March 2017

I’m sure it’s out there, and I’m sure my Husband could come up with one. But I’ll have the debt paid off before he gets down researching it, figuring it out, and explaining it!

How much will you save if you throw a one-time extra $50 on a debt on a debt with 10% interest that you will pay off in a year. I know you have three variables — $50, 10% and 12 payments. I just don’t know what to do with those three numbers.

Sincerely, Helen.

Wondering if there a “golden rule” about giving gifts (or even a legal one)? For example, my brother once gave away 1,000 baseball cards. Most had little to no “value”, but one of them happened to be worth $1,000. The kid & parent he gave them to, once they found out how much they were worth, offered to give some of that money to my brother. My brother was like, didn’t think it had value before I gave it to you, just because it has monetary value afterwards doesn’t change it, but thanks.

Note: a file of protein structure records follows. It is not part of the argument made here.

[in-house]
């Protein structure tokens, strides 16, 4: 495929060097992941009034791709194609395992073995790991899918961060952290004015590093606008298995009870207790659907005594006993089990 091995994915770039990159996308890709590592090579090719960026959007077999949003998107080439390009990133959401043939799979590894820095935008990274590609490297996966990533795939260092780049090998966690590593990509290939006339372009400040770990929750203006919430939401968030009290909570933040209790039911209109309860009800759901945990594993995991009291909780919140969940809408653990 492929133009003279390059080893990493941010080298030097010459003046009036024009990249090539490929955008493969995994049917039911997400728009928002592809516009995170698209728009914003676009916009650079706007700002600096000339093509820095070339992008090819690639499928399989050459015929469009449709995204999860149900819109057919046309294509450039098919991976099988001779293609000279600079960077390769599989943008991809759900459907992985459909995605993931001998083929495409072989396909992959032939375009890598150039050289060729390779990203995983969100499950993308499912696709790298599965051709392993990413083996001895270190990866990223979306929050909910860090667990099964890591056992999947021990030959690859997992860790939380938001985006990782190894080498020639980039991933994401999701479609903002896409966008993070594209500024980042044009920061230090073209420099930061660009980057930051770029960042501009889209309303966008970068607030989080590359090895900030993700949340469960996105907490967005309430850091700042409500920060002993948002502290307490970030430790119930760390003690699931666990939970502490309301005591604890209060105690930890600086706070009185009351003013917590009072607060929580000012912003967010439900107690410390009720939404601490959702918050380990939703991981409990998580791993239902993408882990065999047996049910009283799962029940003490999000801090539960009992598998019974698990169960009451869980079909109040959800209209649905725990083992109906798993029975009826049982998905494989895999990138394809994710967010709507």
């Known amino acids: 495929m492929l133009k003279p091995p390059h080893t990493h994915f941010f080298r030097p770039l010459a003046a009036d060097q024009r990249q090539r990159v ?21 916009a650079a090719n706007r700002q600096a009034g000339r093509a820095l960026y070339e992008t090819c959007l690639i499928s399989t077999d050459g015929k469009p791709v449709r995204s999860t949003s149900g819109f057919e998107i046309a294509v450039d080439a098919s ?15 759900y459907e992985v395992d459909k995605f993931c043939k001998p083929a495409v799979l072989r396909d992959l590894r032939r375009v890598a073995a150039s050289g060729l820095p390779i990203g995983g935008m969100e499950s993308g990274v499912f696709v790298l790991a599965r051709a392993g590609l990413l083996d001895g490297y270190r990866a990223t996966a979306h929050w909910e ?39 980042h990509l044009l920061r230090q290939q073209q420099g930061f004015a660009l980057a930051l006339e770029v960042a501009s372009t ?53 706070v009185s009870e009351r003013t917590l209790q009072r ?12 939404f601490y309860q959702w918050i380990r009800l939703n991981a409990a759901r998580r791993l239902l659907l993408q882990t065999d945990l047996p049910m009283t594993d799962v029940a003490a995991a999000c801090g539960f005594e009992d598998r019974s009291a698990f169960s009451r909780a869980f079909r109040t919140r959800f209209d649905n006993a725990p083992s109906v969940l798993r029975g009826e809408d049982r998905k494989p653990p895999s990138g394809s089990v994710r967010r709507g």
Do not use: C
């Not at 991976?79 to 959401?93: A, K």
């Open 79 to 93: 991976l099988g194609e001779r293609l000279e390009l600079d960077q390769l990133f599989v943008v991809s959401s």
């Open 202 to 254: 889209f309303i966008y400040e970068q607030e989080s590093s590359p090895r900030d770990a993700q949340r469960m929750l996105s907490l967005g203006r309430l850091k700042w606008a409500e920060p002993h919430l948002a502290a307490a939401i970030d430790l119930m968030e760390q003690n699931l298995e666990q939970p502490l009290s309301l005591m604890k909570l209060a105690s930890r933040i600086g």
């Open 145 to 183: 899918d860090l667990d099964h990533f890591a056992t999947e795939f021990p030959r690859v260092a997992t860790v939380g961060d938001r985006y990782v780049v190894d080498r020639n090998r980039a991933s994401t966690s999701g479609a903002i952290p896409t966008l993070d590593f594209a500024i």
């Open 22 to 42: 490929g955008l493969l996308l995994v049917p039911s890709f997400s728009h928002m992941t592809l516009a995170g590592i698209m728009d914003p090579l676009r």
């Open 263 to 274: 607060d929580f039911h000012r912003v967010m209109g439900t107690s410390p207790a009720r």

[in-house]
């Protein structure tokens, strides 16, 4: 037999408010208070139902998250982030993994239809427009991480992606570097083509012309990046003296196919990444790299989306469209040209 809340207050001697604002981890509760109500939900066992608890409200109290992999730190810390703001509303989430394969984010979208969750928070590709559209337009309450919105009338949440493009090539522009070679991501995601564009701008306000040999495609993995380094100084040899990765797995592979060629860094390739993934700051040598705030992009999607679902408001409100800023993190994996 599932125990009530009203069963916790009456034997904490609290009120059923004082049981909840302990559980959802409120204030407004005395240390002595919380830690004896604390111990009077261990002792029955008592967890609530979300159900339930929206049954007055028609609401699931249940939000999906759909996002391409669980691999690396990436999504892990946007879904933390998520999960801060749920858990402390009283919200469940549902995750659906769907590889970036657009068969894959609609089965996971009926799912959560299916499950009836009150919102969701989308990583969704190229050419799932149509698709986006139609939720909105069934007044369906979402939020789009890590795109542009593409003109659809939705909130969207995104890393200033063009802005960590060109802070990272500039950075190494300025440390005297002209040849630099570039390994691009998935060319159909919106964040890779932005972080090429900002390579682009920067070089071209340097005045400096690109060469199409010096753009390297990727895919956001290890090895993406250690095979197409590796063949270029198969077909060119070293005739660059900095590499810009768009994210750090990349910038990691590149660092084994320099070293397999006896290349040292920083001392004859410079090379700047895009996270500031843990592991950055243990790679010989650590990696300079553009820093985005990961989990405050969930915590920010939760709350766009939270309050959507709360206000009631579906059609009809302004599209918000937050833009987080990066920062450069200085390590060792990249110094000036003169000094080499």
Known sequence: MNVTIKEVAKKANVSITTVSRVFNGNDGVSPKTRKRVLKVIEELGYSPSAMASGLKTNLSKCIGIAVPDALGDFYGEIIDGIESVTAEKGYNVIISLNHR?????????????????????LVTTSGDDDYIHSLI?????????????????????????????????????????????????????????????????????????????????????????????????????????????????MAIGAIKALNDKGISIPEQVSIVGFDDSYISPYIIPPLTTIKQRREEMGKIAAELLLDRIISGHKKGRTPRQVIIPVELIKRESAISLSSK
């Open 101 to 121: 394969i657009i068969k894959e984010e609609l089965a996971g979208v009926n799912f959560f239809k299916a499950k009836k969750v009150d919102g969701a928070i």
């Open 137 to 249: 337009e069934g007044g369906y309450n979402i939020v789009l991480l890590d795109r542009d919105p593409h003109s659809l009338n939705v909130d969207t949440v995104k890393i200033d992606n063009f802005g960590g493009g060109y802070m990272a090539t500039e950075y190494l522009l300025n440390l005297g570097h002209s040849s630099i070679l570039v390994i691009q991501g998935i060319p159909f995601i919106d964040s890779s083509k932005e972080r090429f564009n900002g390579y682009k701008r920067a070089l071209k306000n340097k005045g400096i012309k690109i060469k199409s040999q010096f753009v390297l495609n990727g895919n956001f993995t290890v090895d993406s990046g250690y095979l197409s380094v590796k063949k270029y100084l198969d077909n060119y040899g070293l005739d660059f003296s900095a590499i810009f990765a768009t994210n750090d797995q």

Then I asked on freecycle for a motorcycle helmet for my oldest son a few weeks ago. A person responded, I picked it up. They also happened to have a higher end scooter for sale, so later I asked about its status. The guy responded back that he thought when he gave me the helmet that my son already HAD a scooter, and if he didn’t (and I quote, in capital letters) I DEMAND YOU GIVE ME MY HELMET BACK.

I just ignored him.

But I have a different dilemma– I was given a closed box of “kitchen stuff” a while back. They were going to toss it (literally), but they gave it to me instead, and I figured what I couldn’t use myself, I’d either sell at a garage sale or freecycle it. So today since we were having the garage sale, i opened it up.

Yeah, it wasn’t kitchen stuff. With a bit of effort I could probably sell the odds and ends and net about $1,000.

So….is it mine? Or do I have a moral/ethical/legal obligation to get hold of them and give it back?